Warning: The first link is to ZDnet, who have a history of reporting of questionable quality when it comes to being honest or accurate about anything relating to Apple. ZDnet does have a record of regularly nay-saying Apple (the company or its products) through the last two decades.
For another, more healthy perspective, I suggest you start with http://www.wired.com/gadgetlab/2011/05/mac-malware/
For a more humorous take-down of Mr’s Bott’s nonsense, have a read of:
Scroll down to/search for “Mac attacks”.
Search for “Ars Technica Investigates the State of Malware on the Mac”
” I asked several Apple engineers whether any antivirus software was mandated or even recommended for Mac OS X, internally. All said no. …”
First off, contrary to what anyone tells you, Mac OS X is not invulnerable, but that does not mean it is somehow merely waiting for as many exploits to occur, as already exist (and continue to emerge) for Windows. There’s no logic in such thinking. There is nothing about Macs using Intel processors that makes them somehow more vulnerable. The only exception here is if you happen to use virtualization (Parallels, VMware, VirtualBox) to run Windows on your Mac, in which case that installation of Windows is as vulnerable as any other Windows installation.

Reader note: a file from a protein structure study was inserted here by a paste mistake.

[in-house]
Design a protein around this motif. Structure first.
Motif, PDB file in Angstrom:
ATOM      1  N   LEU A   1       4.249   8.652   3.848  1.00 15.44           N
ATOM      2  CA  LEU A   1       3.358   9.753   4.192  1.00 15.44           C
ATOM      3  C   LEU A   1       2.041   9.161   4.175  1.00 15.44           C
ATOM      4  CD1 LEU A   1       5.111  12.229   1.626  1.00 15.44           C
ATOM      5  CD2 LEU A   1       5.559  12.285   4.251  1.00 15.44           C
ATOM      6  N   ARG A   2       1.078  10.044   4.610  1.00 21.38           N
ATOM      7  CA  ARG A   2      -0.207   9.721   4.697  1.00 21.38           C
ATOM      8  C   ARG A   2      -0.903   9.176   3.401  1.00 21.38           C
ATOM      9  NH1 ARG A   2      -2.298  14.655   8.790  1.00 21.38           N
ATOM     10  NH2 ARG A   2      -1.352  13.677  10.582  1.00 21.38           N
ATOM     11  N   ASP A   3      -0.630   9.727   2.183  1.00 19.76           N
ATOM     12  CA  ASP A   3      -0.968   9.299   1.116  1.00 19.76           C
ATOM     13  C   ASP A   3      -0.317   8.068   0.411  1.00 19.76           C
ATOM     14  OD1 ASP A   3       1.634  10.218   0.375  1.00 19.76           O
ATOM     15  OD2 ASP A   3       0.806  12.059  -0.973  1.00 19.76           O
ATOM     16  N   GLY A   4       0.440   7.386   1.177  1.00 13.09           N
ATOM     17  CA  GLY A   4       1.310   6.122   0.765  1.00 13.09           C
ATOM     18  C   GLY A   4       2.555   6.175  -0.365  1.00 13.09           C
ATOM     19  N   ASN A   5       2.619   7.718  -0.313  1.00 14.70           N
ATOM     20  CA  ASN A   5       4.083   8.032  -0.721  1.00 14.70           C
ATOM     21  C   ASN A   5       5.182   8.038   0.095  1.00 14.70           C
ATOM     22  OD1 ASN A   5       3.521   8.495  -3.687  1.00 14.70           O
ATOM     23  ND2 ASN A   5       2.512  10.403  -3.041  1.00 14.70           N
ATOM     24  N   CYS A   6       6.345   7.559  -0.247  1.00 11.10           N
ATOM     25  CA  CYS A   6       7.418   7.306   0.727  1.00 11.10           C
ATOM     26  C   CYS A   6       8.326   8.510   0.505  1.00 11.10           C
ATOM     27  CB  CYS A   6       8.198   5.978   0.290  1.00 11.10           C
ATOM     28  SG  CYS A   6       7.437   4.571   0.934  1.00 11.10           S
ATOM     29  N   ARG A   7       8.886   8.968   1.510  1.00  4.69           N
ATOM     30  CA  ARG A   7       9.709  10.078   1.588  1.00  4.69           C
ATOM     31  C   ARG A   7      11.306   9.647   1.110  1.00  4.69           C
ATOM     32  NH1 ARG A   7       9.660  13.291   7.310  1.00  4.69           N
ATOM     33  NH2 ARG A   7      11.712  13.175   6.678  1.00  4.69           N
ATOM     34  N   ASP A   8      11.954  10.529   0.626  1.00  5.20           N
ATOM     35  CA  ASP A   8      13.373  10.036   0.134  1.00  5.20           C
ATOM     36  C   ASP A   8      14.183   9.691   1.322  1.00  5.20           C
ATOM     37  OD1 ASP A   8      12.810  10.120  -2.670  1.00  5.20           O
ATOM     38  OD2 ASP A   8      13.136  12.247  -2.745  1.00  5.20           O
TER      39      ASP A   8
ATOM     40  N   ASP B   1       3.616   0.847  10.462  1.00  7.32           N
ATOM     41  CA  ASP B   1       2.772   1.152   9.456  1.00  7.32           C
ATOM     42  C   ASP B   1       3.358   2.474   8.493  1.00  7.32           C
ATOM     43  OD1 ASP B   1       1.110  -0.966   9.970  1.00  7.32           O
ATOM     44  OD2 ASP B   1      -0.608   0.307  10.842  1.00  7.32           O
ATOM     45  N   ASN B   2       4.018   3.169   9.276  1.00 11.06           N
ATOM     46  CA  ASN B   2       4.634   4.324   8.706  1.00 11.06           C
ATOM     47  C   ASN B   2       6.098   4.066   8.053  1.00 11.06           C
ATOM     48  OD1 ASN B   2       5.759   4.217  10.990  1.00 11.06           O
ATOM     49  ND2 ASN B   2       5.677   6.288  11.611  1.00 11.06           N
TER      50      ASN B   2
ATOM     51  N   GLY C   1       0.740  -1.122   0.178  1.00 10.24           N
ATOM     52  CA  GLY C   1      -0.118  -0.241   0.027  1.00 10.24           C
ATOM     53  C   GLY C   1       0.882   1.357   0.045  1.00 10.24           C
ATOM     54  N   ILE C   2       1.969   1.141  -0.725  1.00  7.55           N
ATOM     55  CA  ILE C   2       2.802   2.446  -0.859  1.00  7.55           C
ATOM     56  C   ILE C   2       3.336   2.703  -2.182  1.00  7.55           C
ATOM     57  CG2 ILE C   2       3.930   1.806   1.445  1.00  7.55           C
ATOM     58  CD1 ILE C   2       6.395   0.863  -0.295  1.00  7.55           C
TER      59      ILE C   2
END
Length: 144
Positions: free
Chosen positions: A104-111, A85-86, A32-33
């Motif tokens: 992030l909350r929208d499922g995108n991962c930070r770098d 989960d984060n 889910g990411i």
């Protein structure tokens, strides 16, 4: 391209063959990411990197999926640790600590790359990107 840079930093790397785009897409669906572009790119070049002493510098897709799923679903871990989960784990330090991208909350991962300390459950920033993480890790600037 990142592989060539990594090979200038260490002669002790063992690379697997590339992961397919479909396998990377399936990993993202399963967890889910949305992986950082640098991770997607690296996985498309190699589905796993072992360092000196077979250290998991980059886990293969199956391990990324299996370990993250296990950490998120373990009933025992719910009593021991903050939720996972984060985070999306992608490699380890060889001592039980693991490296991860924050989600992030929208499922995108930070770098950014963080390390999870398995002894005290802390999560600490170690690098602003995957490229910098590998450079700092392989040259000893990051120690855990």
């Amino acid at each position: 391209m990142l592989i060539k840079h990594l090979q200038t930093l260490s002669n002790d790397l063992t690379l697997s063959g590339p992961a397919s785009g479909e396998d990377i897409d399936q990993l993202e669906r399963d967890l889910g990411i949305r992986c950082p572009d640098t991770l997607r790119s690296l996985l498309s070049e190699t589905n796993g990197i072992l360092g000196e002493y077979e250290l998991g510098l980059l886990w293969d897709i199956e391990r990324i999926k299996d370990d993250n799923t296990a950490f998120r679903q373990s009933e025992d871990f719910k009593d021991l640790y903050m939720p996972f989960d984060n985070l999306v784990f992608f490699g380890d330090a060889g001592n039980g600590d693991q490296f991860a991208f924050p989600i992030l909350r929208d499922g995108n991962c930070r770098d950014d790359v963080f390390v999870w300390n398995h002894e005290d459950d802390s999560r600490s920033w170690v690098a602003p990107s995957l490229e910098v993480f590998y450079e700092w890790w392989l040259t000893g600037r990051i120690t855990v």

But if marketshare is truly somehow the only defense for Mac OS X, then we would be seeing a real threat already, more than paltry number of social-engineering-based malware that does exist for Mac OS X. But here’s the rub: Regardless of what OS you use, if you go to some site and foolishly download something you know you shouldn’t (or even if you’re simply not sure !), download it, and mindlessly double-click it and enter your password – well, all bets are off, and nothing will keep your computer (use) safe.
The first thing you should do is always stop and think when anything asks for your administrator credentials. Another worthwile thing that you can do is to open Safari’s preferences (from the Safari menu), and un-click the option for “Open ‘Safe’ files after downloading” – always a good practice.